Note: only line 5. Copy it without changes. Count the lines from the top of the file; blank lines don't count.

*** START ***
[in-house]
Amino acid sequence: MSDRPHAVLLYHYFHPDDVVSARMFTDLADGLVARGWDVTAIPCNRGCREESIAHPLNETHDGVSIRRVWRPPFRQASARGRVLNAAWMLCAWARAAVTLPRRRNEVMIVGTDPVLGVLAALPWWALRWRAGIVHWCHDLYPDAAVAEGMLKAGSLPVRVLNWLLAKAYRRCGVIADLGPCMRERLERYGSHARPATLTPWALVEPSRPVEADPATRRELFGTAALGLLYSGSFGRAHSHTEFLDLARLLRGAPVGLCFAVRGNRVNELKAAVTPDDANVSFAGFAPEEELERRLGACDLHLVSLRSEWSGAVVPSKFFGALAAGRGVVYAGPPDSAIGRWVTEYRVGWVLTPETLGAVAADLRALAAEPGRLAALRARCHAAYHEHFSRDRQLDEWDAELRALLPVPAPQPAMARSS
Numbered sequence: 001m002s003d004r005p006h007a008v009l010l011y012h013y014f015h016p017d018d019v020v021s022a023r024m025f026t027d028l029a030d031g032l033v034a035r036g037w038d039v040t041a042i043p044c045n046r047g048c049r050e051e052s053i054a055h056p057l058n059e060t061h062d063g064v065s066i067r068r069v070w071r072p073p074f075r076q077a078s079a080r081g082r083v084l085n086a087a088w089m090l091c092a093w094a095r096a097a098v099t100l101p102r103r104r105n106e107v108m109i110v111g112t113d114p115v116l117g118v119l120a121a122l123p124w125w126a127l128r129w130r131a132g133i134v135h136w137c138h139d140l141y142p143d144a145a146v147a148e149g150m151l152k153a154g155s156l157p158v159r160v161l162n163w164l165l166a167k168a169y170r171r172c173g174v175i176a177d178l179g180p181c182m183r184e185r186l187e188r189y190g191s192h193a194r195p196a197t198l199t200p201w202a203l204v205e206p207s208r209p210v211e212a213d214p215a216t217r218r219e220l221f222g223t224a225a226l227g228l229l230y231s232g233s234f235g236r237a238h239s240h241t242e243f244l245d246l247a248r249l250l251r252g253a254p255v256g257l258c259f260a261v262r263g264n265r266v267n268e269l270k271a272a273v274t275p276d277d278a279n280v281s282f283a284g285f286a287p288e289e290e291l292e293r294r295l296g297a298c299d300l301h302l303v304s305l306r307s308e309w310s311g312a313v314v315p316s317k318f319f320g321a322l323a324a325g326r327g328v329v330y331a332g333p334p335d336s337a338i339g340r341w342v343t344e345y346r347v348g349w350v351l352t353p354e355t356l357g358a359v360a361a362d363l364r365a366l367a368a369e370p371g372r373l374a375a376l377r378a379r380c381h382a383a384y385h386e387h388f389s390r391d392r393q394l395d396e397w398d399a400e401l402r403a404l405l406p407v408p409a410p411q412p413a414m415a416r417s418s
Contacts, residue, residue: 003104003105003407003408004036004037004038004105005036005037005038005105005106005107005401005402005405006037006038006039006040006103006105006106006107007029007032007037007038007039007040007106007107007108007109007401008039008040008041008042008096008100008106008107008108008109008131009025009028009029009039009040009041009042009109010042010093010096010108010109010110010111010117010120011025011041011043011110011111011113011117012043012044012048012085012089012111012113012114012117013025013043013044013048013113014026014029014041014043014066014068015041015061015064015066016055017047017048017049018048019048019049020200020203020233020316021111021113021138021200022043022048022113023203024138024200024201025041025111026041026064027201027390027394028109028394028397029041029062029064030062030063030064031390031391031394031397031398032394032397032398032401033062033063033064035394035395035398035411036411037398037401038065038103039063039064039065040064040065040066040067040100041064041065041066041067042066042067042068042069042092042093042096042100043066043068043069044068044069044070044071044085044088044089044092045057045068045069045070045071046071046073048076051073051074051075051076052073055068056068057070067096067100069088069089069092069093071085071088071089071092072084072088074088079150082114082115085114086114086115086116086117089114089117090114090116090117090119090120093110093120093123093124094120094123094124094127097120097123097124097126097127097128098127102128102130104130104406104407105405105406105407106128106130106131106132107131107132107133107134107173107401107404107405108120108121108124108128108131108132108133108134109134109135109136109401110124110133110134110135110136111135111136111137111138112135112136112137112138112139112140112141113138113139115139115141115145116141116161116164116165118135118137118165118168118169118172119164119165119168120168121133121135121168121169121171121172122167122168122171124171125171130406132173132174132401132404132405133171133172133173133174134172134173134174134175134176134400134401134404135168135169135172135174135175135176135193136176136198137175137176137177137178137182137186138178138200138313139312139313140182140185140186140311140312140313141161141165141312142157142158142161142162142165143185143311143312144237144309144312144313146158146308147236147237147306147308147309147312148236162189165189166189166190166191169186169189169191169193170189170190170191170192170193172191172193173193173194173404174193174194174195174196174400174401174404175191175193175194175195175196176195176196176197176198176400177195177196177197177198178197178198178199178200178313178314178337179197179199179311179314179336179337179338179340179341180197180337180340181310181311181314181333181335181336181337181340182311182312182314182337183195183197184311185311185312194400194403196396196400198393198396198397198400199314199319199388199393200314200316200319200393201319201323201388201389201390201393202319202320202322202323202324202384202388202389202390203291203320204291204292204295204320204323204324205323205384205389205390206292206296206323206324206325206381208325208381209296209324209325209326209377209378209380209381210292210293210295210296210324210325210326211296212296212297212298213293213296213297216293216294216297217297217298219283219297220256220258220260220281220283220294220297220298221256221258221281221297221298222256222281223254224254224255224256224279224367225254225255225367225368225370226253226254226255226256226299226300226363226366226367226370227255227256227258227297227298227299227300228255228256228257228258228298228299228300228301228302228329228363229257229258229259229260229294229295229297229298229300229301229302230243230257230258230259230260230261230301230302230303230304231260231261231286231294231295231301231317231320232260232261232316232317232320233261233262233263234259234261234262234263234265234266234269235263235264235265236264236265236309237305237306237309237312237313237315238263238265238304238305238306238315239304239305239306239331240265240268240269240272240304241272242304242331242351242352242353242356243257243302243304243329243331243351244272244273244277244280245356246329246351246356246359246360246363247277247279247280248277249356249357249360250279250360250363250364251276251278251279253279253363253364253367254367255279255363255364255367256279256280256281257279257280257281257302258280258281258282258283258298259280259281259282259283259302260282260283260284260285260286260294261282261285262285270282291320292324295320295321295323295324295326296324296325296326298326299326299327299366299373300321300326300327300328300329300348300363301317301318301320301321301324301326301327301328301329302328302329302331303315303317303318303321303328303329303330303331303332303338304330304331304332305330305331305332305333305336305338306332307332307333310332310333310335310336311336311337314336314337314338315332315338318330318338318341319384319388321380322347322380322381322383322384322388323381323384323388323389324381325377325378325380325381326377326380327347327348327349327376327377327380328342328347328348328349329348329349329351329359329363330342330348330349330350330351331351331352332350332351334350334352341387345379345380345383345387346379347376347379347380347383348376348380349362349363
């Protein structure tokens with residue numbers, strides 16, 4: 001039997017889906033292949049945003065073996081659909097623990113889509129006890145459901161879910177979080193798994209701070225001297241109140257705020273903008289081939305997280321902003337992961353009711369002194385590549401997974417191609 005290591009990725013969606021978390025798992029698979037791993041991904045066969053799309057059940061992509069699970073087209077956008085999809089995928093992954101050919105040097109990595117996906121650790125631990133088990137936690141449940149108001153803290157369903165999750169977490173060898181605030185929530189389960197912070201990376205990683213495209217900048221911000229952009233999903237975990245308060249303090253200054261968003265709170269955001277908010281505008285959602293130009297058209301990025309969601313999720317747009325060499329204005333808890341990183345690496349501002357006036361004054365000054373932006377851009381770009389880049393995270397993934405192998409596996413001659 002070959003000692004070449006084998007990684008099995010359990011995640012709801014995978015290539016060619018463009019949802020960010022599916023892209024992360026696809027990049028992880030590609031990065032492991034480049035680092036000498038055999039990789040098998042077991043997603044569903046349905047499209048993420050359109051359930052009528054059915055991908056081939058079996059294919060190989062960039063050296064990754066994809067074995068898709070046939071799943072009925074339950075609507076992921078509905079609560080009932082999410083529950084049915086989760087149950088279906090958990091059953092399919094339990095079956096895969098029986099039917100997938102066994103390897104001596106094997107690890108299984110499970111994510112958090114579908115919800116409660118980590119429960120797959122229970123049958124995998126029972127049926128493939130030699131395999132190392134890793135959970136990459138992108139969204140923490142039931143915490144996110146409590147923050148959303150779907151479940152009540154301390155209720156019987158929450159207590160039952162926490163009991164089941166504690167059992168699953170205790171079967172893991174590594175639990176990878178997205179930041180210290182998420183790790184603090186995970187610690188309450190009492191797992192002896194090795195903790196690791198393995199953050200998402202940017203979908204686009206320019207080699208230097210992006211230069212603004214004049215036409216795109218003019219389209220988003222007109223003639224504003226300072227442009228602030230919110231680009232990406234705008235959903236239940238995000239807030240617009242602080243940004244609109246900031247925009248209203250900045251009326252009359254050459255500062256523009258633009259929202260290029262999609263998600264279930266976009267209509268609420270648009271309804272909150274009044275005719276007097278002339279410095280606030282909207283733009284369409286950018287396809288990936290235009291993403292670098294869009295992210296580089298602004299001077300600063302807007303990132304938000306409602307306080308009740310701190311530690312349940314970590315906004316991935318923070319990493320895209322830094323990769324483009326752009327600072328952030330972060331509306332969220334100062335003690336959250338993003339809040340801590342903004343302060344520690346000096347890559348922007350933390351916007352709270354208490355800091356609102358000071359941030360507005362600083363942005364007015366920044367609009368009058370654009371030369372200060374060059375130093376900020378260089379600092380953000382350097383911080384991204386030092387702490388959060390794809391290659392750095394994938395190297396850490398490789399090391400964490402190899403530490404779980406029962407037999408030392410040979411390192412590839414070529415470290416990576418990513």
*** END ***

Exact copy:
């Protein structure tokens with residue numbers, strides 16, 4: 001039997017889906033292949049945003065073996081659909097623990113889509129006890145459901161879910177979080193798994209701070225001297241109140257705020273903008289081939305997280321902003337992961353009711369002194385590549401997974417191609 005290591009990725013969606021978390025798992029698979037791993041991904045066969053799309057059940061992509069699970073087209077956008085999809089995928093992954101050919105040097109990595117996906121650790125631990133088990137936690141449940149108001153803290157369903165999750169977490173060898181605030185929530189389960197912070201990376205990683213495209217900048221911000229952009233999903237975990245308060249303090253200054261968003265709170269955001277908010281505008285959602293130009297058209301990025309969601313999720317747009325060499329204005333808890341990183345690496349501002357006036361004054365000054373932006377851009381770009389880049393995270397993934405192998409596996413001659 002070959003000692004070449006084998007990684008099995010359990011995640012709801014995978015290539016060619018463009019949802020960010022599916023892209024992360026696809027990049028992880030590609031990065032492991034480049035680092036000498038055999039990789040098998042077991043997603044569903046349905047499209048993420050359109051359930052009528054059915055991908056081939058079996059294919060190989062960039063050296064990754066994809067074995068898709070046939071799943072009925074339950075609507076992921078509905079609560080009932082999410083529950084049915086989760087149950088279906090958990091059953092399919094339990095079956096895969098029986099039917100997938102066994103390897104001596106094997107690890108299984110499970111994510112958090114579908115919800116409660118980590119429960120797959122229970123049958124995998126029972127049926128493939130030699131395999132190392134890793135959970136990459138992108139969204140923490142039931143915490144996110146409590147923050148959303150779907151479940152009540154301390155209720156019987158929450159207590160039952162926490163009991164089941166504690167059992168699953170205790171079967172893991174590594175639990176990878178997205179930041180210290182998420183790790184603090186995970187610690188309450190009492191797992192002896194090795195903790196690791198393995199953050200998402202940017203979908204686009206320019207080699208230097210992006211230069212603004214004049215036409216795109218003019219389209220988003222007109223003639224504003226300072227442009228602030230919110231680009232990406234705008235959903236239940238995000239807030240617009242602080243940004244609109246900031247925009248209203250900045251009326252009359254050459255500062256523009258633009259929202260290029262999609263998600264279930266976009267209509268609420270648009271309804272909150274009044275005719276007097278002339279410095280606030282909207283733009284369409286950018287396809288990936290235009291993403292670098294869009295992210296580089298602004299001077300600063302807007303990132304938000306409602307306080308009740310701190311530690312349940314970590315906004316991935318923070319990493320895209322830094323990769324483009326752009327600072328952030330972060331509306332969220334100062335003690336959250338993003339809040340801590342903004343302060344520690346000096347890559348922007350933390351916007352709270354208490355800091356609102358000071359941030360507005362600083363942005364007015366920044367609009368009058370654009371030369372200060374060059375130093376900020378260089379600092380953000382350097383911080384991204386030092387702490388959060390794809391290659392750095394994938395190297396850490398490789399090391400964490402190899403530490404779980406029962407037999408030392410040979411390192412590839414070529415470290416990576418990513």